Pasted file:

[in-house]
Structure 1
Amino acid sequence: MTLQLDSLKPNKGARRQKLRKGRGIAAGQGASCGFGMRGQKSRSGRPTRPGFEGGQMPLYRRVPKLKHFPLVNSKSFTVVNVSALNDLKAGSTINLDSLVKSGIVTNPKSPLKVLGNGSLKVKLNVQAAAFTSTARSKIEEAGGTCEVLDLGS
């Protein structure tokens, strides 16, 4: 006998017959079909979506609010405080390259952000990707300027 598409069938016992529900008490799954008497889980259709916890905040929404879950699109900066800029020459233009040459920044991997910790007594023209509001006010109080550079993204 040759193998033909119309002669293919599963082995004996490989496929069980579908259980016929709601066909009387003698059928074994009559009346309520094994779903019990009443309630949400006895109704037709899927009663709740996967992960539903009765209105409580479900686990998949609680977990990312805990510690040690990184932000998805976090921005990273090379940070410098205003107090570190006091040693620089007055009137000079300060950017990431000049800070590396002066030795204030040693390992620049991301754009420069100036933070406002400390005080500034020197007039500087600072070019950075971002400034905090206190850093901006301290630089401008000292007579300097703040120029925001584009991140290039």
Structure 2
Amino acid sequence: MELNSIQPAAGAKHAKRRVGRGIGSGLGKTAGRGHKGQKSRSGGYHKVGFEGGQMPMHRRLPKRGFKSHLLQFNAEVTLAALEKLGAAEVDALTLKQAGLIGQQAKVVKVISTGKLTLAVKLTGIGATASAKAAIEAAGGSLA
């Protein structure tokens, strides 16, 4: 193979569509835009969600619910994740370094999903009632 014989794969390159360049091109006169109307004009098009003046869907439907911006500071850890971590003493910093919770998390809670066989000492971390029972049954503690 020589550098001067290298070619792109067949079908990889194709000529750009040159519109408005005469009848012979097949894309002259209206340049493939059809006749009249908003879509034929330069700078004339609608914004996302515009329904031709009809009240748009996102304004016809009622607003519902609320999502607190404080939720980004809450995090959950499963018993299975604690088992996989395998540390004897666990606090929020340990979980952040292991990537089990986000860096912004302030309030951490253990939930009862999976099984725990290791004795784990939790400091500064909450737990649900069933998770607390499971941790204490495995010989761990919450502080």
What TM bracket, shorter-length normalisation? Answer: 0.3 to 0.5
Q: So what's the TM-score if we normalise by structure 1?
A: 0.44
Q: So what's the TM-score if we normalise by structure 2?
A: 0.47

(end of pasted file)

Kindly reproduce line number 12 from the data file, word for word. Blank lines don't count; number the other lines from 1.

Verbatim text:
A: 0.47